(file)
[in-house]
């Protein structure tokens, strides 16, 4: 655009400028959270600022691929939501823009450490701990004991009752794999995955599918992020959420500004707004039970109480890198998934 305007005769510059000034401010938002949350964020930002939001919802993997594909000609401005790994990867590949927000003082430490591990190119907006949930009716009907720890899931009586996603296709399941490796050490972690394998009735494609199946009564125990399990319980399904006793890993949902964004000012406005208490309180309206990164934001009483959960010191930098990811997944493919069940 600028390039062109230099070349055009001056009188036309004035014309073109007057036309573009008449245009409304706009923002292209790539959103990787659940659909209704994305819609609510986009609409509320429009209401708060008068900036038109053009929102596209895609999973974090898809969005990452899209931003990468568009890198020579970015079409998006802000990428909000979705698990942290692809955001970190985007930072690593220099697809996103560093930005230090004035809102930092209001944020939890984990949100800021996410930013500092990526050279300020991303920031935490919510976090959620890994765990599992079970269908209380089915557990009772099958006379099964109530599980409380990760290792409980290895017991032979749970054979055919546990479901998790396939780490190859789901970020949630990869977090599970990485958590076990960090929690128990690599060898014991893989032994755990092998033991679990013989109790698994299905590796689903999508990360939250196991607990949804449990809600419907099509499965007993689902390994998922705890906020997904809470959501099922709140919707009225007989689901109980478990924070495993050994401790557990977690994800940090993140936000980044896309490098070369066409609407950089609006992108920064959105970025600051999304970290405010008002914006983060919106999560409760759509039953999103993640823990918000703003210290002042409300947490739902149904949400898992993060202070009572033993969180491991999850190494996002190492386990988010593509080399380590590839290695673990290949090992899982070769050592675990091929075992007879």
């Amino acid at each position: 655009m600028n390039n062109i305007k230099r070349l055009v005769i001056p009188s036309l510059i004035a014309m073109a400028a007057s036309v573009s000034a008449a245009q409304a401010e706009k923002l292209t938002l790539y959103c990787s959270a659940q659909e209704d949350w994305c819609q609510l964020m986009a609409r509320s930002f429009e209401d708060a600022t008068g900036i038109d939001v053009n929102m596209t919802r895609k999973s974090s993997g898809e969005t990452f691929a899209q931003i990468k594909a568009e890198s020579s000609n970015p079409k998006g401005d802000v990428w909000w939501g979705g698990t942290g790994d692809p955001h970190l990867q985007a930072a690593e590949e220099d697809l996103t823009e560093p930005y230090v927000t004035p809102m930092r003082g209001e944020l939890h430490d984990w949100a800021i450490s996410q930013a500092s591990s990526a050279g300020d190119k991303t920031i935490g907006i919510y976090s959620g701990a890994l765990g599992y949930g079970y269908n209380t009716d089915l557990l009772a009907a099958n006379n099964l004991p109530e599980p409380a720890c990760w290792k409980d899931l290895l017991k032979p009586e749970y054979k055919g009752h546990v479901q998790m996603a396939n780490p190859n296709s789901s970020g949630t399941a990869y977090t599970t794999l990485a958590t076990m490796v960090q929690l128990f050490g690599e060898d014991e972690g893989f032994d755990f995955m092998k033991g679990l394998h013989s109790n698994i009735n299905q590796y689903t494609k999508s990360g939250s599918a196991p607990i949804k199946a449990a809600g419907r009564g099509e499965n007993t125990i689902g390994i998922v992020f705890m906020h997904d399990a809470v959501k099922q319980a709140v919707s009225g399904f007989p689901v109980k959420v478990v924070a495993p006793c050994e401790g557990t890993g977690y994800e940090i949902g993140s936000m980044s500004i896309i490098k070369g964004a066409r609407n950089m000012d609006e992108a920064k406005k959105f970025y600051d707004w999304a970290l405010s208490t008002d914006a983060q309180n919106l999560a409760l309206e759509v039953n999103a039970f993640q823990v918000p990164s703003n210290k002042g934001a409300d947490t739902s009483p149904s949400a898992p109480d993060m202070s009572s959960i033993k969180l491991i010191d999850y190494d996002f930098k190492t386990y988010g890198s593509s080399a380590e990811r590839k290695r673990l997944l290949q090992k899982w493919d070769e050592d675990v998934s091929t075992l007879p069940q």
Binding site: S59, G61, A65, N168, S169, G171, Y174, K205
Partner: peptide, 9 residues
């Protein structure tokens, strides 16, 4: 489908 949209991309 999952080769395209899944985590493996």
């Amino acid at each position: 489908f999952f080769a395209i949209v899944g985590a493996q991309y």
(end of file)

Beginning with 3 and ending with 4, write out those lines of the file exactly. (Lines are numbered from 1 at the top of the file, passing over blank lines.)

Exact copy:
């Amino acid at each position: 655009m600028n390039n062109i305007k230099r070349l055009v005769i001056p009188s036309l510059i004035a014309m073109a400028a007057s036309v573009s000034a008449a245009q409304a401010e706009k923002l292209t938002l790539y959103c990787s959270a659940q659909e209704d949350w994305c819609q609510l964020m986009a609409r509320s930002f429009e209401d708060a600022t008068g900036i038109d939001v053009n929102m596209t919802r895609k999973s974090s993997g898809e969005t990452f691929a899209q931003i990468k594909a568009e890198s020579s000609n970015p079409k998006g401005d802000v990428w909000w939501g979705g698990t942290g790994d692809p955001h970190l990867q985007a930072a690593e590949e220099d697809l996103t823009e560093p930005y230090v927000t004035p809102m930092r003082g209001e944020l939890h430490d984990w949100a800021i450490s996410q930013a500092s591990s990526a050279g300020d190119k991303t920031i935490g907006i919510y976090s959620g701990a890994l765990g599992y949930g079970y269908n209380t009716d089915l557990l009772a009907a099958n006379n099964l004991p109530e599980p409380a720890c990760w290792k409980d899931l290895l017991k032979p009586e749970y054979k055919g009752h546990v479901q998790m996603a396939n780490p190859n296709s789901s970020g949630t399941a990869y977090t599970t794999l990485a958590t076990m490796v960090q929690l128990f050490g690599e060898d014991e972690g893989f032994d755990f995955m092998k033991g679990l394998h013989s109790n698994i009735n299905q590796y689903t494609k999508s990360g939250s599918a196991p607990i949804k199946a449990a809600g419907r009564g099509e499965n007993t125990i689902g390994i998922v992020f705890m906020h997904d399990a809470v959501k099922q319980a709140v919707s009225g399904f007989p689901v109980k959420v478990v924070a495993p006793c050994e401790g557990t890993g977690y994800e940090i949902g993140s936000m980044s500004i896309i490098k070369g964004a066409r609407n950089m000012d609006e992108a920064k406005k959105f970025y600051d707004w999304a970290l405010s208490t008002d914006a983060q309180n919106l999560a409760l309206e759509v039953n999103a039970f993640q823990v918000p990164s703003n210290k002042g934001a409300d947490t739902s009483p149904s949400a898992p109480d993060m202070s009572s959960i033993k969180l491991i010191d999850y190494d996002f930098k190492t386990y988010g890198s593509s080399a380590e990811r590839k290695r673990l997944l290949q090992k899982w493919d070769e050592d675990v998934s091929t075992l007879p069940q």
Binding site: S59, G61, A65, N168, S169, G171, Y174, K205